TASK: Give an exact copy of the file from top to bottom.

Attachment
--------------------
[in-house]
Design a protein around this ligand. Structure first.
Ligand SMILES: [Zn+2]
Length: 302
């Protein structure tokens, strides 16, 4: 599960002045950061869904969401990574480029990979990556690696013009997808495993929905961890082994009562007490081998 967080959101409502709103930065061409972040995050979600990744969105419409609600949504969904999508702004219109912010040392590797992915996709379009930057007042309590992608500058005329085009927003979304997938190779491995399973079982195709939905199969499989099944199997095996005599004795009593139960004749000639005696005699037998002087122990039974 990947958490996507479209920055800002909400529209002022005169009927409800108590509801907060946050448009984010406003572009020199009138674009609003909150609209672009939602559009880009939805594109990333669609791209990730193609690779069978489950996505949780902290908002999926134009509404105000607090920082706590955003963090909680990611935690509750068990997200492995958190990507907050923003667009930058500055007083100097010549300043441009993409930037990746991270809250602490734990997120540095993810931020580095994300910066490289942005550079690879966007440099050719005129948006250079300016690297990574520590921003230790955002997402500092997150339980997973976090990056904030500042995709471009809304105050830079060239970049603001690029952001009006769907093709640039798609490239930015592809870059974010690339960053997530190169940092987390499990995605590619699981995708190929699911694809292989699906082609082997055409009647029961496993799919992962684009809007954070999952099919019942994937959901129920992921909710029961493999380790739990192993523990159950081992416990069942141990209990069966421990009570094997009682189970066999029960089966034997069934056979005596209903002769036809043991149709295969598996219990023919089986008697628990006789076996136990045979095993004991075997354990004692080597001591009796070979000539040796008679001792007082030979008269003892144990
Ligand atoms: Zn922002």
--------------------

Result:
[in-house]
Design a protein around this ligand. Structure first.
Ligand SMILES: [Zn+2]
Length: 302
């Protein structure tokens, strides 16, 4: 599960002045950061869904969401990574480029990979990556690696013009997808495993929905961890082994009562007490081998 967080959101409502709103930065061409972040995050979600990744969105419409609600949504969904999508702004219109912010040392590797992915996709379009930057007042309590992608500058005329085009927003979304997938190779491995399973079982195709939905199969499989099944199997095996005599004795009593139960004749000639005696005699037998002087122990039974 990947958490996507479209920055800002909400529209002022005169009927409800108590509801907060946050448009984010406003572009020199009138674009609003909150609209672009939602559009880009939805594109990333669609791209990730193609690779069978489950996505949780902290908002999926134009509404105000607090920082706590955003963090909680990611935690509750068990997200492995958190990507907050923003667009930058500055007083100097010549300043441009993409930037990746991270809250602490734990997120540095993810931020580095994300910066490289942005550079690879966007440099050719005129948006250079300016690297990574520590921003230790955002997402500092997150339980997973976090990056904030500042995709471009809304105050830079060239970049603001690029952001009006769907093709640039798609490239930015592809870059974010690339960053997530190169940092987390499990995605590619699981995708190929699911694809292989699906082609082997055409009647029961496993799919992962684009809007954070999952099919019942994937959901129920992921909710029961493999380790739990192993523990159950081992416990069942141990209990069966421990009570094997009682189970066999029960089966034997069934056979005596209903002769036809043991149709295969598996219990023919089986008697628990006789076996136990045979095993004991075997354990004692080597001591009796070979000539040796008679001792007082030979008269003892144990
Ligand atoms: Zn922002």